Making it happenAs depicted in Figure 1, smart grids of the future will evolve through multiple stages. No one can predict the future,however it is possible to plan for it.When considering evolving IT and communications network requirements, it is useful to employ a structuredapproached which identifies the key strategic considerations at various stages of evolution. These considerationsmayfirstinclude:Thecommercial mobile HD voice service went live in September 2009 , and HD voice has since beenlaunched on 32 networks in 29 countries and territories . Forty percent of countries in the European Today’s business and operational requirementsUnion have commercially launched mobile HD voice services, or are engaged in trials ahead of their intended Possible network sharing opportunitiesintroduction,and test deploymentsare progressingrapidly in many parts of the world . Governmentregulations andreformsthe mostobvioussign of HD-voicegathering momentum is the number of HD-enabled handsets PerhapsGlobalindustrydevelopmentsand standards the market,ElectricityandthanICT 50technologyonwhich gridis more. Manyevolutionof the latest products are shipping with HD voice capabilities fault setting. andOperatorswho havelaunched HD-voice services have been important Future smart city requirements and opportunities.drivers of this process, and as more operators move into the market, the range of HD-voice-capable devicesSmart Grids for Smart Citiescanexpected toshowngrow. in Figure 2 aims to ensure the utility communicationsThebemethodologynetwork can evolve to meet immediateHowever,oneparticularneeds,issue whilst– island-typecoverage– to take advantage of the opportunities presented by abusinessandoperationalpositioningthe utilitymustaddressedif HD voice is to fulfill its potential. Atsmartbecityfuture.present, if their operators support HD voice, users can makeHD-voice calls using a given network within a given country– but HD-voice services cannot be guaranteedwhen usersCUSTOMER APPSAUTOMATIONroam or switchSMARTnetworks.GRID Operators who cannot guarantee callELECTRIC VEHICLESMICROGRIDquality shouldCOMMUNICATIONStake great care when attempting to meet userSTRATEGYDISTRIBUTEDWIDE AREA MEASUREMENTexpectations. This can be a challenge, as subscribersareENERGYoftenexcited by the potential of innovative technology and may havehigh expectations.Antheinconsistent user experience – such asPUBLIC SAFETYDetermineCOMMUNICATIONGridTRANSPORT & UTILITIESwhen a singleinitialcallSmartalternatesbetween HDvoice and standardNETWORKcommunicationsSHARINGquality as the user moves from one radioaccess technologytechnology & strategy.EMERGENCY SERVICESFigure 3: The HD-voice logoto another – is likely to disappoint and strain relations betweenThis includesthe subscriberandoperator.developing theBASIC SERVICESDevelop the smartInterconnectionis thereforecritical. HD-voice services haveCOLLABORATIVEbeen launched on both 2G  and 3G smart gridtogrid communicationsELECTRICITYNEXT GENERATIONrealisebenefits and (VoLTE) will also support the technology.networks, andvoice-over-LTEFixed subscriberscan use HD voicebusiness model toSERVICESENERGY APPLICATIONSregulatory mandatesrealisethe businessthrough echnologyonCDMA networks.for electricitybenefits of networkSo HD voice companies.can be a Thisvaluable offeringfor all networks, and could play a key role in the evolution of GSM,sharing. Including costphasewill and fixed networks. It works best as an ecosystem where subscribers can make highWCDMA, LTE,CDMADevelop the Smartsavings from economiesREALISING Acontinue to evolveGrid Communicationsscaleareandtounregulatedquality voice calls from wherever oftheyany other location.SMART CITYwith time.to enable new electricityrevenue.Interconnection is not an instant process, and island-type coverage will persist for FUTUREsome time. To meetretail servicesexpectations it will be essential to provide users with accurate information. The introduction of an “HD voiceon” symbol for device displays, functioning in much the same way as the stereo symbol on a radio display,Develop Smart Gridwould be one way to help users understand whether or not they are on an HD-voiceisland.toThe recentCommunicationsenable a devicesSmart City will enableintroduction by GSMA of an HD-voice logo  for use on, say, packaging for mobileconsumers to identify HD-voice-capable products and solutions.Figure 2 – Future-proofingutility’s communicationsnetworkinvestmentFigure 2 – Future-proofinga utility’s acommunicationsnetworkinvestmentThis document expands on the four elements to be addressed within the structure of Figure 2, including: Smartcommunications– howto ndsstrategyon the fourelementsto beaddressedwithin theelements into a future-proofroadmapstructure of Figure 2, including:Communications network sharing possibilities – how to maximise the potential benefits of shared infrastructureCollaborative electricity services - how to support an increasing range of value-added energy services; Smart grid communications strategy – how to integrate existingandcommunication elements into a future-proof roadmapRealising a smart city future – how to leverage synergies through collaboration with others to position for thesmart city future. Communications network sharing possibilities – how to maximise the Collaborative electricity services - how to support an increasing rangepotentialabenefitsof shared infrastructureIn order to future-proofutility’s communicationnetwork investment, all elements must be considered upfront as partof a comprehensive strategic plan.value-addedservices;and and deploy new communications infrastructure, as well asThe pressing ofchallengetoday energyfor utilitiesis to selectdetermine how to integrate to existing infrastructure to meet immediate regulated expectations. However, it is also toRealisingsmartofcityfuturehowutilities,to collaborationevident thatachieve thea visionsmartcities,– thethe broaderleverageindustry, synergiesthe regulator and government willthroughcollaborationwith othersto position forwillbe an essentialforpartinevitably be drawnto realisea more holisticand far-reachingplan. Considerationsthisofmore complete planningfuture.approach are creatingdiscussedtheas smartfurthercitysectionsin this document and require not so much technology solutions, as newbusiness models, partnerships and industry structures.In order to future-proof a utility’s communication network investment, allelements must be considered upfront as part of a comprehensive strategicplan.SMARTGRIDSFOR SMARTCITIES THE FUTURE BELONGS TO THOSE WHO PREPARE FOR IT TODAYHDVOICE MAKINGIT HAPPEN53Rev PA12012-02-27 Ericsson AB 2012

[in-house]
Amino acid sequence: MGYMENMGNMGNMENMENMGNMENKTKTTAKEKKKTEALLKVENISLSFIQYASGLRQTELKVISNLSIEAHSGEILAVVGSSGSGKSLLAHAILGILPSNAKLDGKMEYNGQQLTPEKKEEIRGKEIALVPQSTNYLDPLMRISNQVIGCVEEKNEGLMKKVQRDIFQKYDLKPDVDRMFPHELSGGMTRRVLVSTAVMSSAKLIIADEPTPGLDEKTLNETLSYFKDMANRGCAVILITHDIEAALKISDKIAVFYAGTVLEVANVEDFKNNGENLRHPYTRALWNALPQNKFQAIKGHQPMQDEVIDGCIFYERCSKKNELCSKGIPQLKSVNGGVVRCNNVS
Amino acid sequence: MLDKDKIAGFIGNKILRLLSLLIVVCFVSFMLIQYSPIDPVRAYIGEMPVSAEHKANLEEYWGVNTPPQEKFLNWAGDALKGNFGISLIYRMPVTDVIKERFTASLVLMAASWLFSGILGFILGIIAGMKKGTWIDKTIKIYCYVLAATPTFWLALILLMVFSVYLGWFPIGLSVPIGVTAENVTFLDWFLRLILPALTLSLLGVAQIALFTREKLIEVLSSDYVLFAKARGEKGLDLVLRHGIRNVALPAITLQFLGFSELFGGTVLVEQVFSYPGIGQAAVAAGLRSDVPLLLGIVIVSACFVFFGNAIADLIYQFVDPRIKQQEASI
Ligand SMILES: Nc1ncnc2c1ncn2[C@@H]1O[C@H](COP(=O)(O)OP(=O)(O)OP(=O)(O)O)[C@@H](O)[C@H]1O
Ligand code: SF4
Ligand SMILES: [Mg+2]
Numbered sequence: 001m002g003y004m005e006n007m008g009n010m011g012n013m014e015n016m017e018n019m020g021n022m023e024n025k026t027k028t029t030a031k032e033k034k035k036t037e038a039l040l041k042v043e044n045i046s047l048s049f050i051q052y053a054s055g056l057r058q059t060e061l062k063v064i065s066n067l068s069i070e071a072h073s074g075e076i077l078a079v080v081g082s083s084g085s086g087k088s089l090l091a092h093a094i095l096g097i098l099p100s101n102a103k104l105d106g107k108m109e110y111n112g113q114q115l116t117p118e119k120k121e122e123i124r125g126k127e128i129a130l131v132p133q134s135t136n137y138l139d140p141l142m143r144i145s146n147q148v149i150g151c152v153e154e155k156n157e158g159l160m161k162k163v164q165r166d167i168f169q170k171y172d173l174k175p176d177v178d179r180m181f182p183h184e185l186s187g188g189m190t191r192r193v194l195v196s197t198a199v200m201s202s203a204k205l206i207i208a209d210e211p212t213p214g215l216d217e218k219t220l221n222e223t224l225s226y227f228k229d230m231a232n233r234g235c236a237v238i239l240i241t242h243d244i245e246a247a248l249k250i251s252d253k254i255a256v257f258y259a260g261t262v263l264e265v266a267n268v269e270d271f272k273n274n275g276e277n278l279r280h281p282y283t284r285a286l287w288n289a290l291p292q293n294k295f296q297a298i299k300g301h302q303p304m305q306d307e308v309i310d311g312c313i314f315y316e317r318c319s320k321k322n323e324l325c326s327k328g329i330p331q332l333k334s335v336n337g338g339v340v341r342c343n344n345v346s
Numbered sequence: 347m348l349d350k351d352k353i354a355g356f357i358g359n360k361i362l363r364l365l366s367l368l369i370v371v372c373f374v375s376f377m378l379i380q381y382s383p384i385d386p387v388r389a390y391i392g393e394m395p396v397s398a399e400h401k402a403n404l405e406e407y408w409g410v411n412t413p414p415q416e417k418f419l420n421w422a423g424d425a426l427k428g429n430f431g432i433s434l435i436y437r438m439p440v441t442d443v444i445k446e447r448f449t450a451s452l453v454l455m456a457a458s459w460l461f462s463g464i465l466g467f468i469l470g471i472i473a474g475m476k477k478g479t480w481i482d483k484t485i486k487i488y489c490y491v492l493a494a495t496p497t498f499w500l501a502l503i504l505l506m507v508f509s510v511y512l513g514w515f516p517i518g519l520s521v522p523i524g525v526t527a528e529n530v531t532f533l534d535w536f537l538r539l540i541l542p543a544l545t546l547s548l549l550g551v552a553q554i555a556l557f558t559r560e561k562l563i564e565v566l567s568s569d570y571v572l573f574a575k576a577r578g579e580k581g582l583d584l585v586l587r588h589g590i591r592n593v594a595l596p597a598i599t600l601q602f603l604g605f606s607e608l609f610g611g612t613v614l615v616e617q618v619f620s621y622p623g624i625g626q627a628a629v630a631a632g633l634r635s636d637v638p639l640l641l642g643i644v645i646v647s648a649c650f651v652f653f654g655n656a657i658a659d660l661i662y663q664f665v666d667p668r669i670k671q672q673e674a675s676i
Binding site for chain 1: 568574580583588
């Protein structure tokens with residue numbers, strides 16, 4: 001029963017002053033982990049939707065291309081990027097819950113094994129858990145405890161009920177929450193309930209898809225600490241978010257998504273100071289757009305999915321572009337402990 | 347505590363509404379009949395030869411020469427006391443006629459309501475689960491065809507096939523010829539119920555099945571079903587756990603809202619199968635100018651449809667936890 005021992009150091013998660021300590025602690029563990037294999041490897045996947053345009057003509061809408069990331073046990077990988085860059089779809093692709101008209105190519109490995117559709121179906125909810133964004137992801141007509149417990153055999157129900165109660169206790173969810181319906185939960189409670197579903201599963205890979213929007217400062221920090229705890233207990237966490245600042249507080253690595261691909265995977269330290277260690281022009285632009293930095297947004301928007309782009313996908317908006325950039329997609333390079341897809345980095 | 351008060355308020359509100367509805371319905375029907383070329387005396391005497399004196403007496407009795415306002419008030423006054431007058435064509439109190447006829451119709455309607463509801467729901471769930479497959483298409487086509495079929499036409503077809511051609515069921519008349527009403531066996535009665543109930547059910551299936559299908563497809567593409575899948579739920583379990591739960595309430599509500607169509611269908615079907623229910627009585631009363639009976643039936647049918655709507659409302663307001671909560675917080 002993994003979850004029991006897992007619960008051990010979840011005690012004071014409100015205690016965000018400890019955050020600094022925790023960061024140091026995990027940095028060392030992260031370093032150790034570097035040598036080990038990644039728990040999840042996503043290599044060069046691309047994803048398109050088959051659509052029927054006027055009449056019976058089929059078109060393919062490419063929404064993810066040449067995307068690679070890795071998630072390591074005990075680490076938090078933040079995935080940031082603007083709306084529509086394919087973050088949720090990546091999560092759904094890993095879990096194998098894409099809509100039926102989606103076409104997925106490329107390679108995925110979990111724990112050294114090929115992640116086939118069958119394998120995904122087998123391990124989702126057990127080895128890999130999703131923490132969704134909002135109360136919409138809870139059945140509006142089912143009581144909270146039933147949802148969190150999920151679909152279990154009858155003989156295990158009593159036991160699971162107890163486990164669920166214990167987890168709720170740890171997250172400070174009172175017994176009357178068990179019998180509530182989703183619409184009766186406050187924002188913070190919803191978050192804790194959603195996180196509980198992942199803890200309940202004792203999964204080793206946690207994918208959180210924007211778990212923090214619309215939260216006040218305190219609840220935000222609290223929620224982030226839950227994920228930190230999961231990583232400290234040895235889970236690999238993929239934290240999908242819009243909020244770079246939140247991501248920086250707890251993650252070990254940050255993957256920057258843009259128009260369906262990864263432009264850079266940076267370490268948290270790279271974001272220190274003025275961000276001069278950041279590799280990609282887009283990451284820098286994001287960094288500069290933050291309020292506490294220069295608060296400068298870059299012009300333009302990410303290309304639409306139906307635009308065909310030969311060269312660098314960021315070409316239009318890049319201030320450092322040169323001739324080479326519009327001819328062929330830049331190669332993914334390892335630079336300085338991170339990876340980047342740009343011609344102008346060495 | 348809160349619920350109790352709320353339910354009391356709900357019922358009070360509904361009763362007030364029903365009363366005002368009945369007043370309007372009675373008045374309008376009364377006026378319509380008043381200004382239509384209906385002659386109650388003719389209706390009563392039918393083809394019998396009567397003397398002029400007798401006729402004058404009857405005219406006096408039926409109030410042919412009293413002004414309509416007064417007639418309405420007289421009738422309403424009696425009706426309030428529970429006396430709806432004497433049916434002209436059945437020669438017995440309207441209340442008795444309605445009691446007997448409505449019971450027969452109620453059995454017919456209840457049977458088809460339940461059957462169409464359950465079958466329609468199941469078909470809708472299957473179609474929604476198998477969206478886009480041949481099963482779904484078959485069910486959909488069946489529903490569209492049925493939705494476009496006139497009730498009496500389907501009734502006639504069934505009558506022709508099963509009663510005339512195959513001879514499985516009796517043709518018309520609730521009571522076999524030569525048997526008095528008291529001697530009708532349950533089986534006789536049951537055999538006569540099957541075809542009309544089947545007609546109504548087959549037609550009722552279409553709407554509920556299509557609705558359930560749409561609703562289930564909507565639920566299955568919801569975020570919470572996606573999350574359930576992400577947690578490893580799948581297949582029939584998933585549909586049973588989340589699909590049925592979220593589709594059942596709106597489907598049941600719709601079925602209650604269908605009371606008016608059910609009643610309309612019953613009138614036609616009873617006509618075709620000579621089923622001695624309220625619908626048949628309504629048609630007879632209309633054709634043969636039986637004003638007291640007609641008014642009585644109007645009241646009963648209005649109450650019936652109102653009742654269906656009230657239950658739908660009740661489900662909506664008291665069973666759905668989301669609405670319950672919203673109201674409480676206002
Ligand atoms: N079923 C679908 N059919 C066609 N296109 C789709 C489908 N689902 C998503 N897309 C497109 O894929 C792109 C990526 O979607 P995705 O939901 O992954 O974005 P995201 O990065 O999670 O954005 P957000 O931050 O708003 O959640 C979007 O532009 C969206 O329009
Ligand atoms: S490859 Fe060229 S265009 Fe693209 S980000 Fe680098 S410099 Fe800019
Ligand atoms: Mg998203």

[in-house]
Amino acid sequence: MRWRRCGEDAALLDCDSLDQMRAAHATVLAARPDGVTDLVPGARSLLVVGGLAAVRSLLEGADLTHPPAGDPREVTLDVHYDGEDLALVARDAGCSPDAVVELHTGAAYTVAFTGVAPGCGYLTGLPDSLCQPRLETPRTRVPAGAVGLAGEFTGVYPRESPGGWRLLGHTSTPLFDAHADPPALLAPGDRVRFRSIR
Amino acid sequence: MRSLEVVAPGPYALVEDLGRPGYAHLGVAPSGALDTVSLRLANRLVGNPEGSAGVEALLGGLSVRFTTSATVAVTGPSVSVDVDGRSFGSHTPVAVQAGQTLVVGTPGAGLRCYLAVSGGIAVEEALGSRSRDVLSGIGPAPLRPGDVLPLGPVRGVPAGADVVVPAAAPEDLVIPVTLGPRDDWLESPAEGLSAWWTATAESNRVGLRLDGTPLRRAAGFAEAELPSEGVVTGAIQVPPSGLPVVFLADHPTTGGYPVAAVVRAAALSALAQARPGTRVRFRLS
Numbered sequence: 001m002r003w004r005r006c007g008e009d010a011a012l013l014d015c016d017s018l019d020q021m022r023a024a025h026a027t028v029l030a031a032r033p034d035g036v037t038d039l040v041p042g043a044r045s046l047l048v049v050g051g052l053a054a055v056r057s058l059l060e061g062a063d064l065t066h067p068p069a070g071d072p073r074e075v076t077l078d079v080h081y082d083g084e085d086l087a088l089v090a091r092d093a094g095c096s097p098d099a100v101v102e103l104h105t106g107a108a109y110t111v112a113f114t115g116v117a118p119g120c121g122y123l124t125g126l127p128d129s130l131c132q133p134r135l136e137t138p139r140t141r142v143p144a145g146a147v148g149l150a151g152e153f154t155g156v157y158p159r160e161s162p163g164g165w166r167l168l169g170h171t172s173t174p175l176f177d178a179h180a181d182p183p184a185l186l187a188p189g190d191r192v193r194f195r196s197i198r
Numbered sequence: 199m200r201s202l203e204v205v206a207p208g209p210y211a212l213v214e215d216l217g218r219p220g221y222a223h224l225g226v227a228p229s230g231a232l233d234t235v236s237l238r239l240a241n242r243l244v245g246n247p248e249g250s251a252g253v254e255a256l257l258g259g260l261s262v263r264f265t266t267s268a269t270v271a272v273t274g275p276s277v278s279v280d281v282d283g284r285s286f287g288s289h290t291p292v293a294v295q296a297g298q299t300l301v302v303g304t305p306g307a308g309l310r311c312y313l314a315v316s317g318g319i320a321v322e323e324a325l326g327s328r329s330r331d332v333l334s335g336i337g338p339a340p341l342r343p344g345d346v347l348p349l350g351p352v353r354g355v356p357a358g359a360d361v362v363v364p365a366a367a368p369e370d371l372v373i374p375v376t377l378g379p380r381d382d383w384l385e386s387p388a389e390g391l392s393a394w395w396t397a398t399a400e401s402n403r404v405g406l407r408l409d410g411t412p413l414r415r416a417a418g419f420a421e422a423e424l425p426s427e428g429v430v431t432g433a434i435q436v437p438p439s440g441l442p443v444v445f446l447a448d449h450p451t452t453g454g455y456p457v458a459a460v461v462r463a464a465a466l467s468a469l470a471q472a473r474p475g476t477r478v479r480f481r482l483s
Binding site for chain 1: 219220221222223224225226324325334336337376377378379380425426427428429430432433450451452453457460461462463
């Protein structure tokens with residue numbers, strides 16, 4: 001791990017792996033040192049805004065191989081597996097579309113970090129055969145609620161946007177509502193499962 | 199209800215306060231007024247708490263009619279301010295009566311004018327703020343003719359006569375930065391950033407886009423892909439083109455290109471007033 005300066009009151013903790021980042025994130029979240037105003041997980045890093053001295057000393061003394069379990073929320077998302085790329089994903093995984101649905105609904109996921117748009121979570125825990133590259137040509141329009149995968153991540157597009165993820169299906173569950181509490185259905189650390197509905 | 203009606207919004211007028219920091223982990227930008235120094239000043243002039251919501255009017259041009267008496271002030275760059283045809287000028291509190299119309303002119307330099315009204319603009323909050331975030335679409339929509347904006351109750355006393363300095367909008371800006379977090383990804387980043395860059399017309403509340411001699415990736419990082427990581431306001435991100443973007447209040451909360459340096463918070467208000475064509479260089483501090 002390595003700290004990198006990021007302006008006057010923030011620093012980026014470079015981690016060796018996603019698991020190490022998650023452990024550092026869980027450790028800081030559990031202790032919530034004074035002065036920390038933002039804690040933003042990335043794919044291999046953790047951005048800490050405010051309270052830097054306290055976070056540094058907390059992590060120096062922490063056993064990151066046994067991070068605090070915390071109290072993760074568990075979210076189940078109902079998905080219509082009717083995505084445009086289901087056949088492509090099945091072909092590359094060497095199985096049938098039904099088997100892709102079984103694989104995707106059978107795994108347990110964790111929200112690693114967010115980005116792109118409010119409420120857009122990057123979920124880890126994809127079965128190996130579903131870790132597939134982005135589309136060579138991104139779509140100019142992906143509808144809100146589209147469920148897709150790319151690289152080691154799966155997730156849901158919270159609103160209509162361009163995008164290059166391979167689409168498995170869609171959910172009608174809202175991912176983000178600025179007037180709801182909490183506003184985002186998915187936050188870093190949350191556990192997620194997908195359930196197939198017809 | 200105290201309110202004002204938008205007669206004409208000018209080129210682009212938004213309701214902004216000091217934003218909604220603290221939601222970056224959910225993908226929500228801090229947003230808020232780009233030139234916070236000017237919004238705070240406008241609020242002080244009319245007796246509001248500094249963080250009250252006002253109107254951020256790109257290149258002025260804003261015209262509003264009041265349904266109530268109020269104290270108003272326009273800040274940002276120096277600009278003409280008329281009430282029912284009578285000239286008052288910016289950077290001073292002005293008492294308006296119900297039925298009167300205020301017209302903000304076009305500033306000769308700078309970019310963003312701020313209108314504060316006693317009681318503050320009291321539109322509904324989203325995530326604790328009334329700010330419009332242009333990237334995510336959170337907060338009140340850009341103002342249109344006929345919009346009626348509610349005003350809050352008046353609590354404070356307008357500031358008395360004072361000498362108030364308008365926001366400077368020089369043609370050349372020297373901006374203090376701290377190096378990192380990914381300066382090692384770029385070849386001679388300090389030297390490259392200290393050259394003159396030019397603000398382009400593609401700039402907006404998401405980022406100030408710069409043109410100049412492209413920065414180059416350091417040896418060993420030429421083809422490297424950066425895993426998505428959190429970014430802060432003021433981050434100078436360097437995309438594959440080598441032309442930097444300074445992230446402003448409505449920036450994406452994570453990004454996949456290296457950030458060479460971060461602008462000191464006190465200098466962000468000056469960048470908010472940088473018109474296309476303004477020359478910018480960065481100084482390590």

TheHD gridvoice worldSmartcommunicationsstrategyParallel to Ericsson’s vision of a Networked SocietyVoice mail(in which anything that can benefit from a connectionTerminalswill be connected – resulting in more than 50 billionConferenceconnected devices by 2020) is an HD voice world inwhich anyone and anything that can benefit from highdefinition voice will do so.WCDMAHDdecisionsvoice ��suserbusiness,regulatory and operational needs, as well as with a view towardsfuturerequirements.fora widerange of services and applications. Forexample, voice-mail playback could be crystal-clear,InterconnectHD voice worldWhen evaluatingthe forvarioustechnologychoices,timesmany communication specific aspects must be taken into account,eliminatingthe needa userto listen multiplesuch as:to understand a message. The number of inaccurateGSMtranslationsin speech-to-textwouldbe Total Costof Ownership applicationsand Return onInvestmentanalysis for each applicable technologyreduced.Conferencecallslifewouldandand its impact on costs and business Evaluationof thecyclebeofmoreeach effective,technology Capabilitytechnologysupportshortrequirements, as well as theCDMAreporterscould callofathestudiodirectly, toknowingthattheirterm smart grid communicationspotentialto scaleto makingmeet futurelong term requirements and to operate with other communicationsvoices wouldbe heardclearly,live broadcastingnetworks; andFixedmore reliable. Long term evaluation of network and device price forecasts for each technology.LTEIn short, improved voice quality makes a difference topeople,businessand society.WithHD voice,the worldA capabilityassessmentof thevarioustechnologyoptions is required in order to understand if they willisadequatelymore effective,personaland connected.supportthe immediateand future requirements of the smart grid. Figure 4: The HD voice worldFor technologies that are in place, for example Power Line Carrier (PLC), strategies can be devised to integratethem with newer technologies, potentially incorporating technology migration strategies.Where new communications technologies are to be selected, a future-proof choice will invariably prefer standardsbased communication offerings with a well-developed manufacturer eco-system. The benefits of such an eco-systemare mass-market adoption, network and device availability and economies of scale. An example of a well-developedeco-system is the 3GPP (3rd Generation Partnership Project) technology Smartfamily,whichhasCitiesan industry deliveringGridsfor Smartmillions of interworking devices to billions of users, and offers a guaranteed future evolution path and certainty ofsupport for past, present and future technologies as they continue to evolve. See Figure gure 3 – Global numberdevicesFigure 3of–wirelessGlobal numberof wireless devicesIn the case of wireless communications, a standards-based technology selection also provides licensed spectrumcertainty. A particular aspect of planning wireless communications infrastructure is a comprehensive understandingIn thecase ofcommunications,a standards-basedof the implicationsof choiceofwirelessspectrum,as this will underpinthe performancetechnologyand future capabilities of a smart gridcommunicationsselectionnetwork.also provides licensed spectrum certainty. A particular aspect to ofplanning wireless communications infrastructure is a comprehensiveunderstanding of the implications of choice of spectrum, as this will underpinthe performance and future capabilities of a smart grid es SMARTandGRIDCOMMUNICATIONSSTRATEGYHDVOICE THEFORHDForVOICEWORLDexistingregions,it is probablethat arange of technology typeswill be integrated to make up the fabric of the futuresmartgrid and smart city64infrastructure, including fixed, cellular and other wireless communicationstechnologies. Figure 4 illustrates the multi-purpose and multi-technologyaspects of smart grid communications.